This is the first book to offer a comprehensive overview of modern seaports from a legal perspective. Further, it provides a basic toolkit for establishing a legal doctrine of seaports, the instruments of said toolkit being the very few legal norms specifically targeting seaports, which are examined as such rather than through the lens of other, more established disciplines, such as the law of the sea or transportation law. It is a first, necessary step toward giving seaports the status they rightfully deserve in legal studies.
Despite centuries of international law studies and decades of EU law evolution, seaports have remained stuck in limbo. From a law of the sea perspective, seaports belong to the land, an approach that is often clearly reflected in national maritime legislation. The other branches of international law do not focus on seaports, since they are considered to belong to the sea. The port communities, for their part, have availed themselves of the "port specificity" concept.
In recent decades, containerization has transformed ports into key hubs of the globalized economy, but also into vital checkpoints of the War on Terror, due to the security risks posed by the millions of sealed containers circulating worldwide. Moreover, tragic maritime incidents have shown that seaports are the only reliable sentinels of the seas, being the only places where the systematic inspection of ships is feasible. This has led to the adoption of specific international and EU rules. Those rules, however, remain fragmented, highly specialized and technical; as such, they are unsuitable for creating an organic legal seaport regime: this objective can only be achieved with a significant contribution from legal doctrine.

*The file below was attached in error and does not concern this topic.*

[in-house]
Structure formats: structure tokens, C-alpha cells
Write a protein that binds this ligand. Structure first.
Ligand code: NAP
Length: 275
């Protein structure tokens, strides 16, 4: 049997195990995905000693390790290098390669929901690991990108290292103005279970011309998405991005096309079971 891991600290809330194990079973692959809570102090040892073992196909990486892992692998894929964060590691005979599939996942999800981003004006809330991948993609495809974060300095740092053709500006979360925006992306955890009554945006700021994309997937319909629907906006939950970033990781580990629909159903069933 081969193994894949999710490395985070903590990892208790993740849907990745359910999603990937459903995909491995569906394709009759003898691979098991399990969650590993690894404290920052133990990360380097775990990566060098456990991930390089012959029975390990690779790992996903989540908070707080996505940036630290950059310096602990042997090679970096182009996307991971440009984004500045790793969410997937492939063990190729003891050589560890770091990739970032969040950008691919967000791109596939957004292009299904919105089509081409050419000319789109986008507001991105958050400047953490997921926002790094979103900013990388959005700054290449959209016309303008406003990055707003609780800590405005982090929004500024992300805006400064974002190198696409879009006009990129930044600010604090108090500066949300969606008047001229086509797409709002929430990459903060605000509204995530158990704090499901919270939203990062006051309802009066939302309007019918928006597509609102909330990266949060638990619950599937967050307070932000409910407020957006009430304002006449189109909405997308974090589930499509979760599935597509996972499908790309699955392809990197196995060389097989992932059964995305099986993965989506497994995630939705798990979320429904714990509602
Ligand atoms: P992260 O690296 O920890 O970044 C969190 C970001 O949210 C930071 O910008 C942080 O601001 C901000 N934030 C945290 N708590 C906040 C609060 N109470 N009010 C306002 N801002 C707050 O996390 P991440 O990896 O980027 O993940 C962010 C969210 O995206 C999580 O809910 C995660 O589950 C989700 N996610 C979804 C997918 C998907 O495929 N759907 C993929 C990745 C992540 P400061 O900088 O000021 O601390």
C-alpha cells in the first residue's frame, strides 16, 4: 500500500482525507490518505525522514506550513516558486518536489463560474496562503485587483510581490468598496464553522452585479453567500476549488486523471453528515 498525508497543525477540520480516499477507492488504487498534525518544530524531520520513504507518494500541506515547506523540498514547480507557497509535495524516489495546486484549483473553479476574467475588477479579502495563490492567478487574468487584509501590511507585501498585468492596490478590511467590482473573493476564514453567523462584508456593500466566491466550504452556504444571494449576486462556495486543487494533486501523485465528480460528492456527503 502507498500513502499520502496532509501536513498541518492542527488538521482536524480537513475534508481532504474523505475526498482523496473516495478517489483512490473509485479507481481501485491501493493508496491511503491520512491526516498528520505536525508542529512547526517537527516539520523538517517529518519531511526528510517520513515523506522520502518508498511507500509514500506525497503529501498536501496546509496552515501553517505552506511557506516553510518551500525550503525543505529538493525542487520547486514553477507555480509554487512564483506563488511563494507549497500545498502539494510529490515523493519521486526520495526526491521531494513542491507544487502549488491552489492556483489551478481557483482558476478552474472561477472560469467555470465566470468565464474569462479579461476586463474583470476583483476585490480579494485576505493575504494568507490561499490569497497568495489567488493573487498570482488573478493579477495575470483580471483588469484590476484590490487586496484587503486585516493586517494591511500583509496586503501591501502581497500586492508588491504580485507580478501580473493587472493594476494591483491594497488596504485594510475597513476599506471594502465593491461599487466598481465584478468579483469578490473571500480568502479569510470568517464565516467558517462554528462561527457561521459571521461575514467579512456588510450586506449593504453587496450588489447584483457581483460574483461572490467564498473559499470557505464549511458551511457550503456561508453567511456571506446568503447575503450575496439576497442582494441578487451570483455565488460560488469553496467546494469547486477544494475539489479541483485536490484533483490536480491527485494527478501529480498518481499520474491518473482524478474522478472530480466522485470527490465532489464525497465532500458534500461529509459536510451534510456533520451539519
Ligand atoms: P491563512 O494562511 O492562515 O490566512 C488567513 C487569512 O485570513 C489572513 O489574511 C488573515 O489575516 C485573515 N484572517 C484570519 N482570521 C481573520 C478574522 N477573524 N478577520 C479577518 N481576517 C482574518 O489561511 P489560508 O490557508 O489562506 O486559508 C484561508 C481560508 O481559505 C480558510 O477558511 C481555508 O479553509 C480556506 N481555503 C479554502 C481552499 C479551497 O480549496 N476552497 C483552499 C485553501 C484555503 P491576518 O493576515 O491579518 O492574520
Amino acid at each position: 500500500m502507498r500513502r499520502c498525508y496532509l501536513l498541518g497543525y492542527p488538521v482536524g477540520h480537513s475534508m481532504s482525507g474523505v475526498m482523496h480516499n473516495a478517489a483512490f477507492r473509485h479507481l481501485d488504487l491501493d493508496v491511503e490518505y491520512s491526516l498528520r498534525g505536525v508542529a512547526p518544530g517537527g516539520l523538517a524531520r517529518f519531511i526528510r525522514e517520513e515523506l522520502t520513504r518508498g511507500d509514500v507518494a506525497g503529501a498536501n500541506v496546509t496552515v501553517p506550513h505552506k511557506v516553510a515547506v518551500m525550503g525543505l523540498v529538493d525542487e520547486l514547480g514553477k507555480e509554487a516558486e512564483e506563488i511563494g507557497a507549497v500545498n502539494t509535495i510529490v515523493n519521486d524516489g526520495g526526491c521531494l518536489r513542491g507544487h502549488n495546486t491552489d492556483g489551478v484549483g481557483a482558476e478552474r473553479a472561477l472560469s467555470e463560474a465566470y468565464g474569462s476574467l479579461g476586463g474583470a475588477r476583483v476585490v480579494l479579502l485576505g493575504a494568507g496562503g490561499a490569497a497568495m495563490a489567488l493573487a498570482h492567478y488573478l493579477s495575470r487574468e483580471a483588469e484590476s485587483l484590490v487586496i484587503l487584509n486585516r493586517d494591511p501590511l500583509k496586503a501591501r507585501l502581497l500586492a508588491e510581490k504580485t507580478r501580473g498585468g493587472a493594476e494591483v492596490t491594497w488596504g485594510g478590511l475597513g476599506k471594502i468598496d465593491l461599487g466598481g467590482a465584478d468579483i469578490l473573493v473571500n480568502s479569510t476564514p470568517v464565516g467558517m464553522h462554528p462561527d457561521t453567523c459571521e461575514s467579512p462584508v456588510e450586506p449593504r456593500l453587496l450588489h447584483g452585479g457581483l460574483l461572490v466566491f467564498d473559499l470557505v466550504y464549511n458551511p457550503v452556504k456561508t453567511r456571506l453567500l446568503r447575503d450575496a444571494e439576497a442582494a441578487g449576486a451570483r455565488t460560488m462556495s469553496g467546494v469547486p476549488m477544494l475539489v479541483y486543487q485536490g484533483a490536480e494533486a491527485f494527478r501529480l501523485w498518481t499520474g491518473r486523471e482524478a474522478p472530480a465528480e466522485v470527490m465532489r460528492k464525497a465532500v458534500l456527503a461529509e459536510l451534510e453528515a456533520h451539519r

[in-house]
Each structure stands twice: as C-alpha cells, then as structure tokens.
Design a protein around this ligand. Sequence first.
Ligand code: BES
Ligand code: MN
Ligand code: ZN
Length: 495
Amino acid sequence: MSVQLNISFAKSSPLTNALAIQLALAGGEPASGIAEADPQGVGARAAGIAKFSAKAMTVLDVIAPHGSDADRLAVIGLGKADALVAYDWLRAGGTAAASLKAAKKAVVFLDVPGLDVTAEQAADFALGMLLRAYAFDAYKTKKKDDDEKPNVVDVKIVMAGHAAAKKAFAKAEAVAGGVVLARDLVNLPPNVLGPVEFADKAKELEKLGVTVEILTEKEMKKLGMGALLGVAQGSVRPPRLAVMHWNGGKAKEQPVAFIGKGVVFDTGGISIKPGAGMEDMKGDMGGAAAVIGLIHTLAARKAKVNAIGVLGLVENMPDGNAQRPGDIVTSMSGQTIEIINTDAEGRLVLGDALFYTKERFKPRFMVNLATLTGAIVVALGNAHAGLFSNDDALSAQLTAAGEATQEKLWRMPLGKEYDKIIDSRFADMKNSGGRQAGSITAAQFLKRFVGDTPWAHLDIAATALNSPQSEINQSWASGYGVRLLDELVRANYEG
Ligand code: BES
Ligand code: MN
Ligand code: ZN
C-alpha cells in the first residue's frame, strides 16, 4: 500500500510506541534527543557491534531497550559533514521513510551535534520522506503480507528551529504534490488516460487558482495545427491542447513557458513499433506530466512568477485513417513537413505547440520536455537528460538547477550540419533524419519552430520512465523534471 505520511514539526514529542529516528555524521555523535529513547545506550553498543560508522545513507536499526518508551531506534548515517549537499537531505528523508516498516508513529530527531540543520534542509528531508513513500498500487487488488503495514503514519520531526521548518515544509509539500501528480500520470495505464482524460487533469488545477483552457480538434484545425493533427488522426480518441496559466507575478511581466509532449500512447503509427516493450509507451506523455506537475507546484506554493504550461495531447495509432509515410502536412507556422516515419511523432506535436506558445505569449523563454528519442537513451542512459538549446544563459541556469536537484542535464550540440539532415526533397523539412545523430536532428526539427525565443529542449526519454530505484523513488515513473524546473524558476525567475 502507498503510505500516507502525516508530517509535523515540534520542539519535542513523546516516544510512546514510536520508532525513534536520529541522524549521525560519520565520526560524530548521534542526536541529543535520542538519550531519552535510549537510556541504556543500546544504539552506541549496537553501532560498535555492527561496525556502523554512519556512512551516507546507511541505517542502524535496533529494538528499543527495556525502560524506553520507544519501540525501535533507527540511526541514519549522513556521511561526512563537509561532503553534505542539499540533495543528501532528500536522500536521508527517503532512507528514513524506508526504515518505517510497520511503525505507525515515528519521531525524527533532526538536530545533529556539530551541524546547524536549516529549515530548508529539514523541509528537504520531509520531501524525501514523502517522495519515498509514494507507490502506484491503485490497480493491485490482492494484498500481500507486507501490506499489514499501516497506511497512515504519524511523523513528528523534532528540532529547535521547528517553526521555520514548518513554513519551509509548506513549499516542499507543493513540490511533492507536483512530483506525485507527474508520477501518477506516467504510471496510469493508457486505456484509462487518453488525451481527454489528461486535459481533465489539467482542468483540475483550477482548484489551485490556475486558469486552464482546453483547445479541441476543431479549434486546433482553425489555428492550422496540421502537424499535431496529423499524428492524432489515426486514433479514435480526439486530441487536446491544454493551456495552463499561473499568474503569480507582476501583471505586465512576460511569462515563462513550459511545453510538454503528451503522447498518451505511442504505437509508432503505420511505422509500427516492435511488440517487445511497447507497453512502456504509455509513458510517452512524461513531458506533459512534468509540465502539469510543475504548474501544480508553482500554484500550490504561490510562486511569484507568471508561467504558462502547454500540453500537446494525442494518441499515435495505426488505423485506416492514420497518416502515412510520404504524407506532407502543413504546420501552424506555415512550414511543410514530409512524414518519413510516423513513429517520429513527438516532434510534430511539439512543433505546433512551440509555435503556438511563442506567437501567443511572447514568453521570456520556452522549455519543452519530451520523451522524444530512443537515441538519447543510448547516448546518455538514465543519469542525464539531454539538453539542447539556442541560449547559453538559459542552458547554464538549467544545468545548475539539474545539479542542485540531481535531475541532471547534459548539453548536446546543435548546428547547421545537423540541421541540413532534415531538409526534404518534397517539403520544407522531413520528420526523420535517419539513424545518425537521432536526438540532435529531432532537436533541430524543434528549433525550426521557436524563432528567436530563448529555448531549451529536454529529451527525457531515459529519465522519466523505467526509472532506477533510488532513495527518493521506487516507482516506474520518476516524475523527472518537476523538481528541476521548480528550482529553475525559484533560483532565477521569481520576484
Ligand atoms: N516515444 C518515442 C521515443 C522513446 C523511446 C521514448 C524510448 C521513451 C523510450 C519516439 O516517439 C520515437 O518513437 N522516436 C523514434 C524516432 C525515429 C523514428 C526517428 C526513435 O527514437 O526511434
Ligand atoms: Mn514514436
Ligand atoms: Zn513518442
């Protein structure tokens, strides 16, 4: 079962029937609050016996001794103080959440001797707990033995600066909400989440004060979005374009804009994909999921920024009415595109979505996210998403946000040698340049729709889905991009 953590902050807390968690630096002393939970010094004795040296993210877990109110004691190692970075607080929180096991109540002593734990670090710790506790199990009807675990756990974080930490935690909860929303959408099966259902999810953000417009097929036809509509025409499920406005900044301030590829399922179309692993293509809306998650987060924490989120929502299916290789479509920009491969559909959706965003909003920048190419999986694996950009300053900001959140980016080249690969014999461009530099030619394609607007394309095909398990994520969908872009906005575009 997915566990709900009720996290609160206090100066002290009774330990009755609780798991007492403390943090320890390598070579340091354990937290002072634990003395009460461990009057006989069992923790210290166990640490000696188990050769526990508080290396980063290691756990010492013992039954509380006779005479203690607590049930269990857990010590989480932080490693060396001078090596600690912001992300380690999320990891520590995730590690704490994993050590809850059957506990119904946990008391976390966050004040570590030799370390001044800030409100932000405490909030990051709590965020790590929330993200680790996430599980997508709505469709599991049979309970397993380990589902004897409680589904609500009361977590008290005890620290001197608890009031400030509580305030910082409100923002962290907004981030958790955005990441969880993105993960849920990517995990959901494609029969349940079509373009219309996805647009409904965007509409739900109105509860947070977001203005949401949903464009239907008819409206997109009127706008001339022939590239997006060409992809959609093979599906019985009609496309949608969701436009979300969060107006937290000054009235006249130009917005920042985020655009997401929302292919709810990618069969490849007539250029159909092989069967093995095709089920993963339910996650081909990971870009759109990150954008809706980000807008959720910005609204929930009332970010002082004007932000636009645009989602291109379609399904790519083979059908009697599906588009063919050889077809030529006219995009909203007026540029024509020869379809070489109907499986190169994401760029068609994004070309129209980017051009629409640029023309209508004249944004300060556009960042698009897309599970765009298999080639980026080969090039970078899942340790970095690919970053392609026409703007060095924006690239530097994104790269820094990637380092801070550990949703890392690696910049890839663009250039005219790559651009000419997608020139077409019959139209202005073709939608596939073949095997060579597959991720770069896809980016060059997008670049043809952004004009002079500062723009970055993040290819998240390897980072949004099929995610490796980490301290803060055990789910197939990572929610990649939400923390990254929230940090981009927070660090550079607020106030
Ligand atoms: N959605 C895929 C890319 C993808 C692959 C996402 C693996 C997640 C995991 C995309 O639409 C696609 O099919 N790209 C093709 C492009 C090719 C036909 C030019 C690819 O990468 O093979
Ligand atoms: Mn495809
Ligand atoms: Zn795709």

Part I - Introduction: 1 The Lack of Interest for Seaports in the International Law and Doctrine.- 2 The Port and the International Law in General: A Land Appendix.- 3 The Port and the Law of the Sea: An Accessory to the Waters.- Part II - The Pre-Industrial Port: 4 Paolo Sarpi's Legal Doctrine.- 5 The Colonial Factories.- Part III - The Industrial Port: 6 The Longshoremen's Organizations.- 7 The 1923 Geneva Convention on Seaports.- 8 The Forgotten Ports and Port Installations: Lotus Case, Wimbledon Case, Suez Crisis.- 9 When You Are Forced to Remember the Port: The Laws of Wars from the Hague Conventions to the Cuban Crisis.- 10 The Mar del Plata Convention.- 11 The Montego Bay Convention.- Part IV - The Port of Globalization: 12 An Unprecedented Economic Significance and the Ascendance of the Multinational Terminal Operators.- 13 The Decline of the Longshoremen's Organizations and Their Resistance in Europe.- 14 Flags of Convenience and Port State Control.- 15 Port Security: The Dubai Ports World Case and the ISPS Code.- 16 From the Traditional to the Multimodal Seaport: The Right to Access.- 17 Seaports in International Commercial Law.- Part V - Assessment and Perspectives: 18 Common Features in the International Regulation of Seaports.- 19 A Contribution from Private International Law and some Municipal Legal Orders?.- 20 Starting from a Unitary Notion of Port.